Having worked on the web for years I’ve been subjected to huge and often scattered CSS stylesheets that comprise a large enterprise level site. Even my own site has had its moments of crazy style mishaps and multiple declared elements based on stylesheet organization issues. However for the past few weeks I have been working on converting the stylesheets for both this site and my new Centurion framework into SCSS stylesheets for optimized organization of styles. Being able to find something quickly and easily can make all the difference.

Sass and SCSS

CSS can be cumbersome when writing large stylesheets that comprise of thousands of lines of code. When I started beating my head against the desk a few weeks ago while writing some updates for a my new framework Centurion. I started thinking there had to be an easier way to make updates to a large framework that didn’t involve me changing value, after value, after value. There was and in came in the form of Sass or SCSS. Think of SCSS as “Sassy CSS” as it states on the Sass website.

Let’s dive into what SCSS looks like. From the code below you can see that I am using variables for “green” and “margin”. Yes, with Sass you can use variables to clean up your stylesheets. First, score for me. If you’ve ever messed with color changes then you know the lesson of grabbing the code and doing a color replace across multiple stylesheets, which can lead to problems later. What this does is creates one place you can set your variables for standard colors to keep track and then use across your stylesheets. Change once and forget it.

The code above once run through the Sass compiler turns what is above into clean code like this.

Did you notice the magic color? One value I set in my SCSS was to darken it by 9%. So from one green value I was able to generate a second color that was slightly darker in color based on a simple statement.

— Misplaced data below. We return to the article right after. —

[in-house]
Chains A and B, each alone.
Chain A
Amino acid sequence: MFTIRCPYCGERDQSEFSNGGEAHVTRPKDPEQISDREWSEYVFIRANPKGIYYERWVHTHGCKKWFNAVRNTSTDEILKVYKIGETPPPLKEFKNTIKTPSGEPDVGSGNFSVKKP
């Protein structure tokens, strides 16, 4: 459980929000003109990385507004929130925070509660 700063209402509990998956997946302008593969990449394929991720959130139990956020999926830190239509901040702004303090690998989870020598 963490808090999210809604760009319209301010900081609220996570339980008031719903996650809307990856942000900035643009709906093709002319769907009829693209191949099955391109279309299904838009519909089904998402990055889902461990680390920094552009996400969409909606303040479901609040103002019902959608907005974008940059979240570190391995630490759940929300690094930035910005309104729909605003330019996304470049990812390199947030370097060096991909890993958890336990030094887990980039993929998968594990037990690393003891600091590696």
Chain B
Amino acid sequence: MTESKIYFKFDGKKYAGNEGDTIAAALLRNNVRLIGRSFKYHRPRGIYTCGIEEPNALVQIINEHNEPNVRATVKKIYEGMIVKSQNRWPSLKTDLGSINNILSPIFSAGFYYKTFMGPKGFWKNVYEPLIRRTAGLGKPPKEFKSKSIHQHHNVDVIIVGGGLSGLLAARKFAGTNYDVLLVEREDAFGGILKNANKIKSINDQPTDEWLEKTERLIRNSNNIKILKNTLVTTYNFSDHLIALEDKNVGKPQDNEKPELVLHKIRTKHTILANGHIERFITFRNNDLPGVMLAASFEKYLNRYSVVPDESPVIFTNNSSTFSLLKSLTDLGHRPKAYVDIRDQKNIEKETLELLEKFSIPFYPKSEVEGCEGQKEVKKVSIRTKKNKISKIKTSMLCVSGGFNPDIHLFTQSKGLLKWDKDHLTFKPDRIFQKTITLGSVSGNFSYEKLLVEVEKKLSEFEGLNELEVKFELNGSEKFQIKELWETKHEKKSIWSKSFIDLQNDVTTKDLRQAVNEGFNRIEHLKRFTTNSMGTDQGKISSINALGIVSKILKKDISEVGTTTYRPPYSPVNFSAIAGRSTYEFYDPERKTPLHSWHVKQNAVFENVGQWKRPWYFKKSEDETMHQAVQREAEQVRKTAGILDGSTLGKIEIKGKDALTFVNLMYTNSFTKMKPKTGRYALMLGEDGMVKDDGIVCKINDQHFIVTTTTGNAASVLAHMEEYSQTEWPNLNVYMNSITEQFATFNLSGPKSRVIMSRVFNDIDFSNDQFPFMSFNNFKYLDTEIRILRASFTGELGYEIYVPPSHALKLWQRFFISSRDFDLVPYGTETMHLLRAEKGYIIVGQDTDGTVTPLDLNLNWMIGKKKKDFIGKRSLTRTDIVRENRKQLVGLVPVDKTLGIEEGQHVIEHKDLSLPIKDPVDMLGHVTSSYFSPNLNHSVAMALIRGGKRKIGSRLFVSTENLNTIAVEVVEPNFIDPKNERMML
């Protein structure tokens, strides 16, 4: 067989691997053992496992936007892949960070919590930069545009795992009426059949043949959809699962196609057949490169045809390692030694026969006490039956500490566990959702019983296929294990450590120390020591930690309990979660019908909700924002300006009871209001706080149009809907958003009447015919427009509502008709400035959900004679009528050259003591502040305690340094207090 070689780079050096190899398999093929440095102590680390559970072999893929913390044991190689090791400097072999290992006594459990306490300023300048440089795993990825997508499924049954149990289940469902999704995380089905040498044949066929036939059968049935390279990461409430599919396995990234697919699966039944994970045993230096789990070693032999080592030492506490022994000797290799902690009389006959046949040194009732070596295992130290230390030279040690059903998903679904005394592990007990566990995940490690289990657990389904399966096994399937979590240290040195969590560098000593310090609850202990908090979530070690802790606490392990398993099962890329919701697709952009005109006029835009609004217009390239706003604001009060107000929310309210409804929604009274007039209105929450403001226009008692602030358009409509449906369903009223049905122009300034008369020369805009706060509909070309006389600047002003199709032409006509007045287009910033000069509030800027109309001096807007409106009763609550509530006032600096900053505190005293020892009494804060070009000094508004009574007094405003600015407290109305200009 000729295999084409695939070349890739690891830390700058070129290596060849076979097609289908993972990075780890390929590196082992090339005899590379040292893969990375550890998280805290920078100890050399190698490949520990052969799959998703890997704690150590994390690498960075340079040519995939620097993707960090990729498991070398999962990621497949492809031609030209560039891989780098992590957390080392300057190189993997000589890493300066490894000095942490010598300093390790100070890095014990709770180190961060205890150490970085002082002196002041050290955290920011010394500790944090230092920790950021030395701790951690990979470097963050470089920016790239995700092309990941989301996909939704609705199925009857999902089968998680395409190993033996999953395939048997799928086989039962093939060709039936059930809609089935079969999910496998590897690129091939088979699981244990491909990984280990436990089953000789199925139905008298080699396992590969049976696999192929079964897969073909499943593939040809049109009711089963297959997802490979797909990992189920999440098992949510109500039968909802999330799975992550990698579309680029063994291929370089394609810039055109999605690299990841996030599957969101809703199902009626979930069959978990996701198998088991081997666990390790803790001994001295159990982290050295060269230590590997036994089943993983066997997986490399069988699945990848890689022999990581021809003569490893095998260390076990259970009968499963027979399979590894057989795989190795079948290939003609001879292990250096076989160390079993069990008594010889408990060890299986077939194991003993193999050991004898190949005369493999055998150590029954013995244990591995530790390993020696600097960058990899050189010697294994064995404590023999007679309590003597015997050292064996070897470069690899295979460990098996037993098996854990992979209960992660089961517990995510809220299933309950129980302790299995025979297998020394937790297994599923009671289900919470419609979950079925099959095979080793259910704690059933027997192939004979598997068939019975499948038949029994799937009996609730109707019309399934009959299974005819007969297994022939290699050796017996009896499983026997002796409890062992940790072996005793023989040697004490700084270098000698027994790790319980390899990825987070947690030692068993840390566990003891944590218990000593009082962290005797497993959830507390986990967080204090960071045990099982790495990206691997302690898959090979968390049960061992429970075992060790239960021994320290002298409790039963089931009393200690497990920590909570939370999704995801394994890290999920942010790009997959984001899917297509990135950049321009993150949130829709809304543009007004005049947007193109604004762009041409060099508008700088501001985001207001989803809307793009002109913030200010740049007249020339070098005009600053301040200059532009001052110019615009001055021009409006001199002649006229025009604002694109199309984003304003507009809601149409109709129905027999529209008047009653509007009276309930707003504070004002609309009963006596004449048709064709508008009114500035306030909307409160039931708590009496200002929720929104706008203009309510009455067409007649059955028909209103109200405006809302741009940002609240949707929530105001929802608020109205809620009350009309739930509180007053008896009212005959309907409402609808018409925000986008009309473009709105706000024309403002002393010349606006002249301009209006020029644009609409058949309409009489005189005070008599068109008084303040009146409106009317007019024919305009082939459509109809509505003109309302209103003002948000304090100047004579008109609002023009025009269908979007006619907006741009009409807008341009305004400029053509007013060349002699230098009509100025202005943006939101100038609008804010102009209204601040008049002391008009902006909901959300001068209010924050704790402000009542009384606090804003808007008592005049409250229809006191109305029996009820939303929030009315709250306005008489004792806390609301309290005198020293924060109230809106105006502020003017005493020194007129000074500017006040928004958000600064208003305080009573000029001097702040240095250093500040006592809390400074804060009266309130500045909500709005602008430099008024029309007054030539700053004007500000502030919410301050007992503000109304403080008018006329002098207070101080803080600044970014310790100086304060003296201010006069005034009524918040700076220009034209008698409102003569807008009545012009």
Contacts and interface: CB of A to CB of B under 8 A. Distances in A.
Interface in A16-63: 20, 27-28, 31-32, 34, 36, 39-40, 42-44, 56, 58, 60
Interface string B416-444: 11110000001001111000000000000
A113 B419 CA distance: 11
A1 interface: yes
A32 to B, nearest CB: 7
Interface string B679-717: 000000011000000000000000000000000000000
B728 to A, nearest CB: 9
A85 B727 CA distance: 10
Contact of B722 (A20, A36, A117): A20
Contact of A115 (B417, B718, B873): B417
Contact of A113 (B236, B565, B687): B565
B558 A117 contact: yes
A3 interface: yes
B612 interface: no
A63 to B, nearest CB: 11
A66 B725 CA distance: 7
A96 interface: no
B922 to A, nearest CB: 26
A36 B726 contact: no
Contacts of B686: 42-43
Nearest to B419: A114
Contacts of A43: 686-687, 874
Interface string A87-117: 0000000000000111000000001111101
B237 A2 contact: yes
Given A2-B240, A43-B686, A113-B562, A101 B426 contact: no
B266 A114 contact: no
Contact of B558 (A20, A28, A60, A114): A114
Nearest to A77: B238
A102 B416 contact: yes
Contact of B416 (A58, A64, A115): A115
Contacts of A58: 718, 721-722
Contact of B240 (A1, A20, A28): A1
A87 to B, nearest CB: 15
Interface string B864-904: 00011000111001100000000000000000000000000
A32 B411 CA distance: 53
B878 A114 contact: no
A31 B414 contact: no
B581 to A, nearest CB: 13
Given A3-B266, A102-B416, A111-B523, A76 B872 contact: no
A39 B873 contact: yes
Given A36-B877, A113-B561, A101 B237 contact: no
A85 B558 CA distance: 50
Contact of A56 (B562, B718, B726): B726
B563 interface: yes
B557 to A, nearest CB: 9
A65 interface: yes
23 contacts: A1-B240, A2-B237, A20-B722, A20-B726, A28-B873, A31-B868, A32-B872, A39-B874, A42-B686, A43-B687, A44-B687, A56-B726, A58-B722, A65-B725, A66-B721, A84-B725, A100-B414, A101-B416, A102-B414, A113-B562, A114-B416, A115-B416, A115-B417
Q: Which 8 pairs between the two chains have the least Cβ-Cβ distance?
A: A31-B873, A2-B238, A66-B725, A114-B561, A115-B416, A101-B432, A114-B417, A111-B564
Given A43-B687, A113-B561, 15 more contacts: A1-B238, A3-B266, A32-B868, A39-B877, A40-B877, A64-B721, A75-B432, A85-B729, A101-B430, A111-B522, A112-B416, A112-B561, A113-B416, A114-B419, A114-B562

Another Example

Here I have set up a simple border-radius example, which I have had to type multiple times over the years by hand. However, with SCSS I can now tell the stylesheet what my defaults are for a border radius and then dictate those changes down the chain. These snippets are called mixins and allow you to pass values and build out portions of code that are often repetitive.

Set it once and forget it. If you decide to change the values you can pass new ones to the compiler and the new values are inputted in its place. In the same way you set variables with JavaScript you can now set those same values within your CSS, which creates leaner, reusable and often scalable code.

You can get exceedingly more complex in your coding style. The other night I ended up spending about 30 minutes building my own version of a stylesheet grid generator. With some complex logic I could compile a new grid layout with as little as one line of code using only three parameters to do it (gutter, column width and grid size). I will be using that feature in Centurion down the road and it adds a whole list of new complexities that I can add to my own stylesheets and projects in order to build new sites faster.

Learn a Bit More

There are a lot more useful tips under the tutorial section on the Sass Tutorial page for installing Ruby and creating your first Sass stylesheet. If you are a Mac user then you’re probably already familiar with Ruby and while it was a little bit of learning curve for myself it was definitely worth the effort.

If you are seriously thinking about Sass to control your stylesheet nightmare then I would consider that you check out Compass, which is a CSS authoring framework with a few added bonuses that you can use out of the box.

Hate Command Line and Compiling?

However, if you are not a fan of the command line like myself, then I would also look into one of two applications that build your stylesheets in realtime and monitor changes to keep your stylesheets up to date. They are the Compass.app, which costs $10 but offers a way to monitor folders with SCSS files for changes and then instantly deploys those changes to a folder you specify. There is also a free alternative called Scout, which does essentially the same thing without the bells and whistles.

If you’re interested to learn more drop me a line.